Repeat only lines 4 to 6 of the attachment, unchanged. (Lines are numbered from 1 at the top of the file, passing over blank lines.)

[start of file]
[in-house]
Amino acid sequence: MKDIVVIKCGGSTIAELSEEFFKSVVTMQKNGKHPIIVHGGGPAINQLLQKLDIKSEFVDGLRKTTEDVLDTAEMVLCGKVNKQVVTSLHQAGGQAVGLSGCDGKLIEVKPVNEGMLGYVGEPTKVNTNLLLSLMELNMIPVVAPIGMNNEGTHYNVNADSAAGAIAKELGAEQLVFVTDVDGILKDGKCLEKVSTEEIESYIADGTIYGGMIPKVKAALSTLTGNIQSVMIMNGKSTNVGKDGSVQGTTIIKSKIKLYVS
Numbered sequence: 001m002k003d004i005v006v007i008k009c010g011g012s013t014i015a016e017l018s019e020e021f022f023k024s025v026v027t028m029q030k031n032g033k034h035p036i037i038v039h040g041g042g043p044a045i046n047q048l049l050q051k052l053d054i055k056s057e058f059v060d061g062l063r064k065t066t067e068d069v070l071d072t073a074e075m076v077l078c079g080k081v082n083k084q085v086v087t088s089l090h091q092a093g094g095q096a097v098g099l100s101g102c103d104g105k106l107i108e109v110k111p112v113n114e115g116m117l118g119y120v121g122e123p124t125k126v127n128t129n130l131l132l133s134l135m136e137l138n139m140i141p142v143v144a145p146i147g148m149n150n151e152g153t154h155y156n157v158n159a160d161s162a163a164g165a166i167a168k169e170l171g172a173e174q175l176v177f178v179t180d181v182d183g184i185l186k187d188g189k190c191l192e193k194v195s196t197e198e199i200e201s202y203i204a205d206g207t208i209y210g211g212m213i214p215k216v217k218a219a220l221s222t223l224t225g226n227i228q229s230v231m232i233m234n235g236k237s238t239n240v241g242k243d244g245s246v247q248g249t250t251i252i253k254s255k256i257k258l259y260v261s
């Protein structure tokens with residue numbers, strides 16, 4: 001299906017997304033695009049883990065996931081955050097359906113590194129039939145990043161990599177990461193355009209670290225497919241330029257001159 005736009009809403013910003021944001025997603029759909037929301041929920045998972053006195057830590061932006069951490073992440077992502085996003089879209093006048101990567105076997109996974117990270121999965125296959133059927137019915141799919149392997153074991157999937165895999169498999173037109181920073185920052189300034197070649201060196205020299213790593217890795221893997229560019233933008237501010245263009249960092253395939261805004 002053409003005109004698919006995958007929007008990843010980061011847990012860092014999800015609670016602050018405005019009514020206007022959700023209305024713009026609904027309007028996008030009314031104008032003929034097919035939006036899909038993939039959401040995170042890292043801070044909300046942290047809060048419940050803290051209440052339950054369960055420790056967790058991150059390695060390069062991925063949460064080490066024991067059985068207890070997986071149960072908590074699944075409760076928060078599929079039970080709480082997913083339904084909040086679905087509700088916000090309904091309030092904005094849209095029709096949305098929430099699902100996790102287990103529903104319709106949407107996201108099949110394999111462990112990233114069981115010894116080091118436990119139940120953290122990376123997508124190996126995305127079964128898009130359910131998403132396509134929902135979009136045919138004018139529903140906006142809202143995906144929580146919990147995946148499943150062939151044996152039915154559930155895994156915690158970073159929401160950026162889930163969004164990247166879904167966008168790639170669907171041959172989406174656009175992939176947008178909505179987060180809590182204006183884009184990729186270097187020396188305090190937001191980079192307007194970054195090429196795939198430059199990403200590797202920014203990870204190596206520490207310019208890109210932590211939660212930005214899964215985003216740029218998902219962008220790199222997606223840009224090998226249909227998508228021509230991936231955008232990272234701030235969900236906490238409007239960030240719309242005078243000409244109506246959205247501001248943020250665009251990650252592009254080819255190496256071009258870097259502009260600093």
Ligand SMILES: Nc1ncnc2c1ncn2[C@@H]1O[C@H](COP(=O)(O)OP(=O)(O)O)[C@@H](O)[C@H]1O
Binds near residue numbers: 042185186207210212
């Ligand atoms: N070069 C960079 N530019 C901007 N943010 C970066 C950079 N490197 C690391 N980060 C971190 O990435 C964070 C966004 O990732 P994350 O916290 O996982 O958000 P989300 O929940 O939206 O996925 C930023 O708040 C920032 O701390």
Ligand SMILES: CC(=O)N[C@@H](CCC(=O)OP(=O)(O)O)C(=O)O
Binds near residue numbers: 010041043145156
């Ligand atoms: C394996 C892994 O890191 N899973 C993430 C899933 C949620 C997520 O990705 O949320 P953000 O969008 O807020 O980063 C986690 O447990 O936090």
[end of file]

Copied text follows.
């Protein structure tokens with residue numbers, strides 16, 4: 001299906017997304033695009049883990065996931081955050097359906113590194129039939145990043161990599177990461193355009209670290225497919241330029257001159 005736009009809403013910003021944001025997603029759909037929301041929920045998972053006195057830590061932006069951490073992440077992502085996003089879209093006048101990567105076997109996974117990270121999965125296959133059927137019915141799919149392997153074991157999937165895999169498999173037109181920073185920052189300034197070649201060196205020299213790593217890795221893997229560019233933008237501010245263009249960092253395939261805004 002053409003005109004698919006995958007929007008990843010980061011847990012860092014999800015609670016602050018405005019009514020206007022959700023209305024713009026609904027309007028996008030009314031104008032003929034097919035939006036899909038993939039959401040995170042890292043801070044909300046942290047809060048419940050803290051209440052339950054369960055420790056967790058991150059390695060390069062991925063949460064080490066024991067059985068207890070997986071149960072908590074699944075409760076928060078599929079039970080709480082997913083339904084909040086679905087509700088916000090309904091309030092904005094849209095029709096949305098929430099699902100996790102287990103529903104319709106949407107996201108099949110394999111462990112990233114069981115010894116080091118436990119139940120953290122990376123997508124190996126995305127079964128898009130359910131998403132396509134929902135979009136045919138004018139529903140906006142809202143995906144929580146919990147995946148499943150062939151044996152039915154559930155895994156915690158970073159929401160950026162889930163969004164990247166879904167966008168790639170669907171041959172989406174656009175992939176947008178909505179987060180809590182204006183884009184990729186270097187020396188305090190937001191980079192307007194970054195090429196795939198430059199990403200590797202920014203990870204190596206520490207310019208890109210932590211939660212930005214899964215985003216740029218998902219962008220790199222997606223840009224090998226249909227998508228021509230991936231955008232990272234701030235969900236906490238409007239960030240719309242005078243000409244109506246959205247501001248943020250665009251990650252592009254080819255190496256071009258870097259502009260600093």
Ligand SMILES: Nc1ncnc2c1ncn2[C@@H]1O[C@H](COP(=O)(O)OP(=O)(O)O)[C@@H](O)[C@H]1O
Binds near residue numbers: 042185186207210212